Here is a small selection of shrubs that are interesting in terms of their flowering.
Shrubs blooming in spring
Azaleas, forsythias (the Goldilocks variety), syringa (Philadelphus coronarius 'Aureus') flowering currrants, exochordas, deutzias and kerria japonica, to name but a few.
Shrubs blooming in summer
Abelias, which start to bloom in June and continue until the frost comes. Rocktrumpets, other wise known as mandevilla (Dipladenia sanderi) sports large bright flowers from spring to autumn, hibiscuses (Hibiscus syriacus) blooms all summer, crape myrtles (Lagerstroemia indica) is highly decorative due to its flowers, leaves and bark, buddleia ('purple nanho' has purple flowers and 'blue nanha' pale blue flowers) and Weigela, among others.
Shrubs blooming in winter
Skimmia japonica, with dark green evergreen foliage, Viburnum farreri, a deciduous shrub that blooms from autumn to late winter, laurestine (Viburnum tinus), Japanese camellia (Camellia japonica) and winter mimosas (Acacia dealbata).
Scented flowery shrubs
Scented daphnes (Daphne odora), Mahonia x media 'Charity', witchhazel is also very decorative in autumn due to its foliage, Viburnum farreri, Viburnum carlesii blooms in late winter and sasamqia Camellias (Camellia sasanqua) will bear flowers in autumn.
5 shrubs for shady places or low exposure
1. Japanese skimmia, a shrub that can withstand -15° C temperatures;
2. Amur maple, which comes in many colors, with a variety of leaf shapes;
3. Mexican orange blossom;
4. Climbing Hydrangea;5. Cornelian cherry dogwood 'Elegantissima';
From the passionate gardener to someone who just wants to spruce up their balcony, we can all use some help now and then. Follow the links below for related accessories, advice from our editors and more helpful guides:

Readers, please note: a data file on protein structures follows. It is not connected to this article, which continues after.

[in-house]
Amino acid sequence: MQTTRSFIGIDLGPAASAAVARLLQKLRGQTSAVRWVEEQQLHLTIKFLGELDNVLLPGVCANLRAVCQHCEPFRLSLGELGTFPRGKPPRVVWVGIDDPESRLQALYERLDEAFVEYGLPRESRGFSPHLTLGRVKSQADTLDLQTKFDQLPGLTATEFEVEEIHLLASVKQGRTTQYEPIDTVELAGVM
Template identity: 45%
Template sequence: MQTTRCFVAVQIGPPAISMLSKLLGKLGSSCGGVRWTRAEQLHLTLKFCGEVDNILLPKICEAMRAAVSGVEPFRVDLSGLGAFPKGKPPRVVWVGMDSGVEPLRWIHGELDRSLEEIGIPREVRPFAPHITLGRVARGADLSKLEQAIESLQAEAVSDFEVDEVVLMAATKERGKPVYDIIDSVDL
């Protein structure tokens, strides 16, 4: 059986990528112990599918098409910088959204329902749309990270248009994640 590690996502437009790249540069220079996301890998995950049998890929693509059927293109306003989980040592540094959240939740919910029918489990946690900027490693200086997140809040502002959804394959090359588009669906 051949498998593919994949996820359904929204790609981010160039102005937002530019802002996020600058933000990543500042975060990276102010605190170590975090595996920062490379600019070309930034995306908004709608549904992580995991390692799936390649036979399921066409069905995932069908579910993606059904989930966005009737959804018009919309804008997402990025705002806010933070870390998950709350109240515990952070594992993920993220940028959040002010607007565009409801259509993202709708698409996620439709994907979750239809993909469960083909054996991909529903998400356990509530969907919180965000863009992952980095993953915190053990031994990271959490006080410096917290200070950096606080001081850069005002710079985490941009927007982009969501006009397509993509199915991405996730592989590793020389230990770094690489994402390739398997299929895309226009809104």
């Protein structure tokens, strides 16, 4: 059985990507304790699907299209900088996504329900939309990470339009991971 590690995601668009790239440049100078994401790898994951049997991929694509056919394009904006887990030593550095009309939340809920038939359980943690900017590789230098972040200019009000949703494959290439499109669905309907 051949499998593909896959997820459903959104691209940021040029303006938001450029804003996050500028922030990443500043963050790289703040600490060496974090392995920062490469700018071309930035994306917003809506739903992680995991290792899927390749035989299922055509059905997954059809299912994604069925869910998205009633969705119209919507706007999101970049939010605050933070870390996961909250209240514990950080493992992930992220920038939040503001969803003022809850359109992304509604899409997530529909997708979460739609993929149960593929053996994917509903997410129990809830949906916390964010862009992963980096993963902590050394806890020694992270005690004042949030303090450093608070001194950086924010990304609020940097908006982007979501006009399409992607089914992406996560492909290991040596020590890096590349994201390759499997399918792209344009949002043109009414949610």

- How to clean your deck?
- How to decorate your balcony?
- How to choose your leafy trees, plants and shrubs?
- How to choose your garden's flowering trees and shrubs?
- What vegetables and fruits grow on a balcony or terrace?
- How to trim your hedges?
- How to choose your conifers, trees and shrubs?
- How to choose your duckboards and deckboards?
- How to choose your decking boards?
- How to choose your soil?
- How to water your grass?
- How to water your garden?
- How to choose your watering system?
- How to choose your compost?
- How to make your own compost?
- How to choose your mulch?
- How to choose your fertilizer?
- How to choose your sprayer?
- How to choose your tools for cutting/trimming branches?
Guide written by:
John, Passionate gardener, Cambridge, 61 guides
When I was young, I was already working in the family garden. Perhaps that is where my interest in plants and gardening came from. So, it was logical for me to study both plant biology and agronomy. At the request of various publishers I have, over twenty-five years, written many books on the subject of plants and mushrooms (a subject that is close to my heart).They were mostly identification guides at first, but shortly after they were about gardening, thus renewing the first passion of my childhood. I have also regularly collaborated with several magazines specializing in the field of gardening or more generally in nature. There is no gardener without a garden, I have cultivated mine in a small corner of Cambridge for the last thirty years and this is where I put into practice the methods of cultivation that will I advise you in as well.